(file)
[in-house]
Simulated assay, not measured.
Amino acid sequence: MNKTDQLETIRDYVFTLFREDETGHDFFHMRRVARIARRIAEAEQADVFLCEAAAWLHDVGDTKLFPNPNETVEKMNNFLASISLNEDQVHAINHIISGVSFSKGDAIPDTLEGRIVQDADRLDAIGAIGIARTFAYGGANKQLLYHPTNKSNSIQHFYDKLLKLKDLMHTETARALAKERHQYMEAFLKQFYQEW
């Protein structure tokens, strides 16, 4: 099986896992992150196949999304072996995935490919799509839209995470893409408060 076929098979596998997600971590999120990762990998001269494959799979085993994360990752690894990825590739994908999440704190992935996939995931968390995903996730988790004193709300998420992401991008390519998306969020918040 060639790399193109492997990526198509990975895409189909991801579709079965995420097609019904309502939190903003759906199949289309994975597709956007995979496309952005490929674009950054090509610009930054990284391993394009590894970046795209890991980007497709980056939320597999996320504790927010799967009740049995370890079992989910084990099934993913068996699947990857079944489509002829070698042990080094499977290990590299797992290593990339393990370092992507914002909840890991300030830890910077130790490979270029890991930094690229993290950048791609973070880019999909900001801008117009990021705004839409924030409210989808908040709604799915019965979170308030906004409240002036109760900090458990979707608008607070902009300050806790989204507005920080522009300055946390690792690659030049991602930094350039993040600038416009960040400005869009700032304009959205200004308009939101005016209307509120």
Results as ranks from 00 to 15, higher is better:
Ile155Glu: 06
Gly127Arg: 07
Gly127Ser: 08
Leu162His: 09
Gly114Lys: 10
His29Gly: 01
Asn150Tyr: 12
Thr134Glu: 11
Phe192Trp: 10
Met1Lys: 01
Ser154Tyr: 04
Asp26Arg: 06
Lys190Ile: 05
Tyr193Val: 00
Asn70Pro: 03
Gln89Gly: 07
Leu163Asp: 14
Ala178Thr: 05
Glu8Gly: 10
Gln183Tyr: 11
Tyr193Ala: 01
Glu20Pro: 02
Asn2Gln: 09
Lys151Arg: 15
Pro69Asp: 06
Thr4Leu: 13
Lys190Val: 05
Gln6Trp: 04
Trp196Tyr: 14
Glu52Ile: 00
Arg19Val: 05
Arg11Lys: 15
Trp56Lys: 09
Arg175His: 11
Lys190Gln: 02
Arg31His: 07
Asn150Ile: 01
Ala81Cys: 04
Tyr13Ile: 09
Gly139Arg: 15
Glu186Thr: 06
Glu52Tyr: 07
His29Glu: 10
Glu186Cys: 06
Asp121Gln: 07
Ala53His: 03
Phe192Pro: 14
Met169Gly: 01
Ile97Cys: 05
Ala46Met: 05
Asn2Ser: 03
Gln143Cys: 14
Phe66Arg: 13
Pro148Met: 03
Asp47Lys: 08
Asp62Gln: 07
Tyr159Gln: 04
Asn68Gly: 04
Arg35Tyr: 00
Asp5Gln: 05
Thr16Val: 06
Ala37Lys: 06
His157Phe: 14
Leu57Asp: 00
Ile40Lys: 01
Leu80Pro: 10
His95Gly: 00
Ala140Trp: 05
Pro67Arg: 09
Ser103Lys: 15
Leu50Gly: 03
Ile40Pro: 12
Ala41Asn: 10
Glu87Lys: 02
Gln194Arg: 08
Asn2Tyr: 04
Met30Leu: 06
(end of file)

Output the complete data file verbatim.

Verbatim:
[in-house]
Simulated assay, not measured.
Amino acid sequence: MNKTDQLETIRDYVFTLFREDETGHDFFHMRRVARIARRIAEAEQADVFLCEAAAWLHDVGDTKLFPNPNETVEKMNNFLASISLNEDQVHAINHIISGVSFSKGDAIPDTLEGRIVQDADRLDAIGAIGIARTFAYGGANKQLLYHPTNKSNSIQHFYDKLLKLKDLMHTETARALAKERHQYMEAFLKQFYQEW
């Protein structure tokens, strides 16, 4: 099986896992992150196949999304072996995935490919799509839209995470893409408060 076929098979596998997600971590999120990762990998001269494959799979085993994360990752690894990825590739994908999440704190992935996939995931968390995903996730988790004193709300998420992401991008390519998306969020918040 060639790399193109492997990526198509990975895409189909991801579709079965995420097609019904309502939190903003759906199949289309994975597709956007995979496309952005490929674009950054090509610009930054990284391993394009590894970046795209890991980007497709980056939320597999996320504790927010799967009740049995370890079992989910084990099934993913068996699947990857079944489509002829070698042990080094499977290990590299797992290593990339393990370092992507914002909840890991300030830890910077130790490979270029890991930094690229993290950048791609973070880019999909900001801008117009990021705004839409924030409210989808908040709604799915019965979170308030906004409240002036109760900090458990979707608008607070902009300050806790989204507005920080522009300055946390690792690659030049991602930094350039993040600038416009960040400005869009700032304009959205200004308009939101005016209307509120």
Results as ranks from 00 to 15, higher is better:
Ile155Glu: 06
Gly127Arg: 07
Gly127Ser: 08
Leu162His: 09
Gly114Lys: 10
His29Gly: 01
Asn150Tyr: 12
Thr134Glu: 11
Phe192Trp: 10
Met1Lys: 01
Ser154Tyr: 04
Asp26Arg: 06
Lys190Ile: 05
Tyr193Val: 00
Asn70Pro: 03
Gln89Gly: 07
Leu163Asp: 14
Ala178Thr: 05
Glu8Gly: 10
Gln183Tyr: 11
Tyr193Ala: 01
Glu20Pro: 02
Asn2Gln: 09
Lys151Arg: 15
Pro69Asp: 06
Thr4Leu: 13
Lys190Val: 05
Gln6Trp: 04
Trp196Tyr: 14
Glu52Ile: 00
Arg19Val: 05
Arg11Lys: 15
Trp56Lys: 09
Arg175His: 11
Lys190Gln: 02
Arg31His: 07
Asn150Ile: 01
Ala81Cys: 04
Tyr13Ile: 09
Gly139Arg: 15
Glu186Thr: 06
Glu52Tyr: 07
His29Glu: 10
Glu186Cys: 06
Asp121Gln: 07
Ala53His: 03
Phe192Pro: 14
Met169Gly: 01
Ile97Cys: 05
Ala46Met: 05
Asn2Ser: 03
Gln143Cys: 14
Phe66Arg: 13
Pro148Met: 03
Asp47Lys: 08
Asp62Gln: 07
Tyr159Gln: 04
Asn68Gly: 04
Arg35Tyr: 00
Asp5Gln: 05
Thr16Val: 06
Ala37Lys: 06
His157Phe: 14
Leu57Asp: 00
Ile40Lys: 01
Leu80Pro: 10
His95Gly: 00
Ala140Trp: 05
Pro67Arg: 09
Ser103Lys: 15
Leu50Gly: 03
Ile40Pro: 12
Ala41Asn: 10
Glu87Lys: 02
Gln194Arg: 08
Asn2Tyr: 04
Met30Leu: 06